The takeaway: Test content with images!

We believe in this so strongly that we built our own tool for making this as easy as can be. The free image creator at Pablo makes it simple to create images for Twitter, Facebook, Pinterest, Instagram, and more, all at the ideal image size, all looking beautiful—no matter your design skills.

Here are some that the Smart Pension team has used on their latest social media updates:

Working with a team on a social media calendar

And another key piece to the team’s workflow and system is keeping all this distribution organized. One of Buffer’s newest features works great in this case: the social media calendar.

 

Our content calendar is designed to make sure that we are regularly completing and posting content through buffer. We can all log into buffer and see what other people are planning, and then we can plan our content around the existing scheduled posts.

pablo

Image sources: Iconfinder, Pablo

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Saving Time and Money: How Social Media Works For an Early-Stage Startup
Building & Effectively Utilising a Database http://www.pgae.com/ask/building-effectively-utilising-a-database/ Mon, 19 Jun 2017 14:29:43 +0000 Mark Taylor http://www.pgae.com/?p=19089 Data capture is the king of small business marketing - for every piece of good data accumulated, marketing costs are starting to reduce...]]>

Data capture is the king of small business marketing and an ever important facet for retaining customers at golf facilities. For every piece of good data accumulated, marketing costs are starting to reduce.

The objective should be to create a database of around 5,000 worthy leads and this will form the basis of all of the marketing initiatives for the year. This need not be as expensive as some people might think as off-the-shelf software is readily available and is really affordable if not free of charge or already in place in the clubs software systems.

What is required?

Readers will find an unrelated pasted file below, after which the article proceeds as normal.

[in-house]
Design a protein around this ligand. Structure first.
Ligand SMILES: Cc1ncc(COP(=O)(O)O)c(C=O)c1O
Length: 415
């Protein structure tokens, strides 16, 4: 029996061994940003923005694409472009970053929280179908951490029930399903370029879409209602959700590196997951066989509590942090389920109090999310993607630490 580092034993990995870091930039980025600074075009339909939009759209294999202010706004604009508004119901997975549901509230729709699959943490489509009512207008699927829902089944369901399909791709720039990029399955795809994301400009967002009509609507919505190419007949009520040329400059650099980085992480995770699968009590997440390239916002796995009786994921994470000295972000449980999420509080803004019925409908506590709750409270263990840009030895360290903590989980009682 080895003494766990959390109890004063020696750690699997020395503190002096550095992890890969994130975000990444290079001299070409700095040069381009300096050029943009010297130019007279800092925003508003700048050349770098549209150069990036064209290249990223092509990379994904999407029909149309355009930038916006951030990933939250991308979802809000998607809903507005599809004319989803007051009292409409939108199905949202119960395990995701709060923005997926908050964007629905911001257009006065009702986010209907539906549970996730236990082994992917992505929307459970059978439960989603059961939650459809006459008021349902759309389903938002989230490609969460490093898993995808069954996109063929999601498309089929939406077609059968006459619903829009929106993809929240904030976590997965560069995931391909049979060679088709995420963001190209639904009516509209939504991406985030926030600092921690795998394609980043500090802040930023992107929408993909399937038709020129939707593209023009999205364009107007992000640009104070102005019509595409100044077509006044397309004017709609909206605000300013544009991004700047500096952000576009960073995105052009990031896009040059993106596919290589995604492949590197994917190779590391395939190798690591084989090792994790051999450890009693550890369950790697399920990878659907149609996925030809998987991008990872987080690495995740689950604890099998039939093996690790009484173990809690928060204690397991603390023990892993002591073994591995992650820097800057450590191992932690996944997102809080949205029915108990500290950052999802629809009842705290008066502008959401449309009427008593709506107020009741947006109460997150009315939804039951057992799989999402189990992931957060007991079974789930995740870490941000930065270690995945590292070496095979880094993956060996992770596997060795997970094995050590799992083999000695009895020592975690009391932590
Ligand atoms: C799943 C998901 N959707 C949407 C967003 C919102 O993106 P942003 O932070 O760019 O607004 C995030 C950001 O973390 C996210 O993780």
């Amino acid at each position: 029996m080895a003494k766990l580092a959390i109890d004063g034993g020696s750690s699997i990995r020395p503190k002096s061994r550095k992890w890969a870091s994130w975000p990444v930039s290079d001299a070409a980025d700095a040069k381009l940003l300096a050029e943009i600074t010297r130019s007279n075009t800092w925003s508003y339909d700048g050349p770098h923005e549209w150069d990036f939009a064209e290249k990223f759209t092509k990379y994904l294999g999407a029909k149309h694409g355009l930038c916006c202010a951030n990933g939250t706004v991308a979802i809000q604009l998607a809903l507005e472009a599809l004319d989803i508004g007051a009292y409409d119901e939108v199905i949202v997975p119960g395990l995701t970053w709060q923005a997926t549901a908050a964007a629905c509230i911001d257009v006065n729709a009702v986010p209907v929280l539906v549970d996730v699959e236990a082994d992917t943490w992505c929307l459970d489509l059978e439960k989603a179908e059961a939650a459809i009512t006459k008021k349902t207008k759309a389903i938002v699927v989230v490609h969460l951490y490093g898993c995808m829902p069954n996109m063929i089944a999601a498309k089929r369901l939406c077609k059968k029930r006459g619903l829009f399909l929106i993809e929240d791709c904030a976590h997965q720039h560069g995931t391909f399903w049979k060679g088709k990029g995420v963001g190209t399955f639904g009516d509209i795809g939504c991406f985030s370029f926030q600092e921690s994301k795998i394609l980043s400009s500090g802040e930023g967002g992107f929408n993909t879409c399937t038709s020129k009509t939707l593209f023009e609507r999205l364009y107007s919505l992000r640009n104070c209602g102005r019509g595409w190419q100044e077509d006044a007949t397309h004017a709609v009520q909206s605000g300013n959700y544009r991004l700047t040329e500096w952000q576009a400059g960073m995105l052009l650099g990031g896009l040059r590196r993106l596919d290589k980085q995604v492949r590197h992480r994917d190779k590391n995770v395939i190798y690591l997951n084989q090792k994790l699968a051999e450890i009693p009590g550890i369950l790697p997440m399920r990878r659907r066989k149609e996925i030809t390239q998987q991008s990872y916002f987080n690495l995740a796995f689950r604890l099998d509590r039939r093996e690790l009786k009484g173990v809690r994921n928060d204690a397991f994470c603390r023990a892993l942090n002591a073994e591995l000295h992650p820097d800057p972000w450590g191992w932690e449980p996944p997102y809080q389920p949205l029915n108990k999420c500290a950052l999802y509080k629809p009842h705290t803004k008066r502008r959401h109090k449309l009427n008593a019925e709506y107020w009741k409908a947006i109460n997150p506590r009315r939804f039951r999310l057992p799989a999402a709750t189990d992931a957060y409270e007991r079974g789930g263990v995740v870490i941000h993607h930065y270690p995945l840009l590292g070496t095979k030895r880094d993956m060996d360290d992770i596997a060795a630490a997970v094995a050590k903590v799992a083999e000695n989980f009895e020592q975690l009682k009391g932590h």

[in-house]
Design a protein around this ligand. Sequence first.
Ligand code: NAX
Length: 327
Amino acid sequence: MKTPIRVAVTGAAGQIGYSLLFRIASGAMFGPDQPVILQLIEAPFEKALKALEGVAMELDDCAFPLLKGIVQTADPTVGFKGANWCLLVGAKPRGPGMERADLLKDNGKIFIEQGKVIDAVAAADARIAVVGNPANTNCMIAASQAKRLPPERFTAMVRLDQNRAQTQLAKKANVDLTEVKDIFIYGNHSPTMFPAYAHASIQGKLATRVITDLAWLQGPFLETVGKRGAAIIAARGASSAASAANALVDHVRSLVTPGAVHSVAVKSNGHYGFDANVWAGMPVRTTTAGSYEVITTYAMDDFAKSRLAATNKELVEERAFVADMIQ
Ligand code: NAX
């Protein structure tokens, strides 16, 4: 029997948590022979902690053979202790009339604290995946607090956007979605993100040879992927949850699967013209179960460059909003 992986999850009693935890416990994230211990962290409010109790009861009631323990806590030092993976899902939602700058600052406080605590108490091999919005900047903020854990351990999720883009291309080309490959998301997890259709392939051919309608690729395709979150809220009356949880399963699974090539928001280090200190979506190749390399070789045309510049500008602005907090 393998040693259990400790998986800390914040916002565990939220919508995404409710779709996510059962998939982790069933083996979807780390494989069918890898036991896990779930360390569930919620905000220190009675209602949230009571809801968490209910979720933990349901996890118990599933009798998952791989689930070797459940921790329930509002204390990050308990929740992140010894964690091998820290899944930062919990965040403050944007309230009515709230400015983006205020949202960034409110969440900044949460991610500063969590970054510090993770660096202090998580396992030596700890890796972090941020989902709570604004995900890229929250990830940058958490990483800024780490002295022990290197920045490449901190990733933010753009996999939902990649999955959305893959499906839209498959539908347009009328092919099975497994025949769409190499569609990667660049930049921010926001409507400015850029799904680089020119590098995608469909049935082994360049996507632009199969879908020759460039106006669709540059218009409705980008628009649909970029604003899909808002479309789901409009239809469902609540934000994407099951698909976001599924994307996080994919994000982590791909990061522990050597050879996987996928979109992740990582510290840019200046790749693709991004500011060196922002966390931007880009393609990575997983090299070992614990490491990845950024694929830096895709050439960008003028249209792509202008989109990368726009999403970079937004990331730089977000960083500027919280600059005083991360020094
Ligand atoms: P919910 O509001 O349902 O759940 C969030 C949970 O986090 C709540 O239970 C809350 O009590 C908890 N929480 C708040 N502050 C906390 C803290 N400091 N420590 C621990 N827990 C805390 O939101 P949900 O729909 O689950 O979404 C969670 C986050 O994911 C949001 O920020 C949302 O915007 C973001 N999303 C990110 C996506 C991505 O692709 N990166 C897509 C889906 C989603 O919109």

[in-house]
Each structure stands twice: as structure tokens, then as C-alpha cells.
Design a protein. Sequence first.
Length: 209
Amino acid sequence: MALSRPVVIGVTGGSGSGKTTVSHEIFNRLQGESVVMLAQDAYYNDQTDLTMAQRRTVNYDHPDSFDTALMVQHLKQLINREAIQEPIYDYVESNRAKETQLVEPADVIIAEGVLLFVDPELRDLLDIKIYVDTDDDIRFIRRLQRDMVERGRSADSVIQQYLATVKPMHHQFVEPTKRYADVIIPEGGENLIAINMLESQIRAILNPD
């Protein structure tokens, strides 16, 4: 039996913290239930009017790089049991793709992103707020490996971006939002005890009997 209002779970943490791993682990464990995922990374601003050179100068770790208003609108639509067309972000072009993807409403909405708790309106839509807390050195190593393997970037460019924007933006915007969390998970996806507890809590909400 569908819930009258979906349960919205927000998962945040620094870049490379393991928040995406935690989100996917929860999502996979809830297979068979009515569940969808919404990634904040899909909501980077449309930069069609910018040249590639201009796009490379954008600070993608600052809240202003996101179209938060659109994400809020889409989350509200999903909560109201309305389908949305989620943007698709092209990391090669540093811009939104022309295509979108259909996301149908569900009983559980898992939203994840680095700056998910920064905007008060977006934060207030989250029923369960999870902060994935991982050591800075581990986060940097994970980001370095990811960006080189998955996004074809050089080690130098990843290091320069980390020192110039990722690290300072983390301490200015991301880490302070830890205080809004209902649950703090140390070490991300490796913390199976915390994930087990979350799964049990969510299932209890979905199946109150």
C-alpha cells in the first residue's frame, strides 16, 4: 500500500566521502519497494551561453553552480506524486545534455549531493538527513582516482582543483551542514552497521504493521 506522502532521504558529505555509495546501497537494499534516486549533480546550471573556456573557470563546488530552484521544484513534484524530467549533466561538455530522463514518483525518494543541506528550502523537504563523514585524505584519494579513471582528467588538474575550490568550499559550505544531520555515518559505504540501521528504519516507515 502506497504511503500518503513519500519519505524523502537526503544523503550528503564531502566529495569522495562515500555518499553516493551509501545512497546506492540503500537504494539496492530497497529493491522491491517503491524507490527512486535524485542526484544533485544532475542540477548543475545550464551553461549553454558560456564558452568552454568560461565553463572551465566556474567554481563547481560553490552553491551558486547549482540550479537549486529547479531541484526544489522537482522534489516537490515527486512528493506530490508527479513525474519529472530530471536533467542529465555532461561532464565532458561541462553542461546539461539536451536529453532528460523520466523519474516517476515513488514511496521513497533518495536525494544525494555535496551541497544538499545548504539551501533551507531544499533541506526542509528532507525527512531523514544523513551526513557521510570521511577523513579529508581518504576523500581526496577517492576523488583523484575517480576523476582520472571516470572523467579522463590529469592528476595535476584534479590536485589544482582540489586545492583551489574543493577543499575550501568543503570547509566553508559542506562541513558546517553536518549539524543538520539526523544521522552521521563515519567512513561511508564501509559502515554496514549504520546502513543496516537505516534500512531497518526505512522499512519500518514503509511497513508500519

Golf facilities need to consider 3 factors when making their choice of how to best implement and manage a successful database capture campaign:

  1. The scale required: This does not just apply to the number of records currently held, but more importantly how this resource will grow in the future. What commitment can be implemented to regularly maintain, update and develop the information accrued?
  2. Budget: Whilst this should not be the first criteria for such an important business tool, budget will reduce the likely options including the building of a bespoke database which can be expensive
  3. How it integrates with other business systems: This can save a lot of anguish in the future if the database works alongside other marketing and communication tools, especially the club website. The website should be at the core of all marketing activity and it needs to talk directly to the database to save on unnecessary administration.

Most golf clubs can operate quite happily using ‘Microsoft Access’, part of the Office package to set up a database and manage their data. It is easy to set up and access information and is also flexible enough to create information fields which reflect the information gathered from customers. It also allows the flow of data (import and export) from other sources.

Data Capture…How to collect data

Once the database is in place, begins the hard work in acquiring and categorizing data as the information and contacts begin to grow. There is no doubt that the more data which is acquired, the more powerful and effective the clubs marketing strategies will become.

Here are some simple guidelines to ensure that gathering data on customers is central to the marketing programme and continued customer contact:

  • Draw up a set of procedures and standards to be used whenever a customer has direct contact with the golf club. Communicate these to any customer facing staff and ensure they are adhered to.
  • Give staff both the tools and training to assist in collecting the information. These can include simple contact cards to be filled in following a telephone call or completed when customers arrive.
  • Build all marketing around the website, as this resource is working 24/7 and is therefore by far the most reliable employee when it comes to collecting and processing information on your customers.
  • Refuse to do any marketing which is not measurable. In order to continue to build a database successfully, be aware of which marketing promotions are producing the best results.
  • Offline marketing must support online activity. Use all advertising and marketing brochures to drive people to the website. Don’t miss out on obvious opportunities such as including the website address on scorecards.
  • Have a marketing plan which co-ordinates all direct marketing activity and ensures customer identification: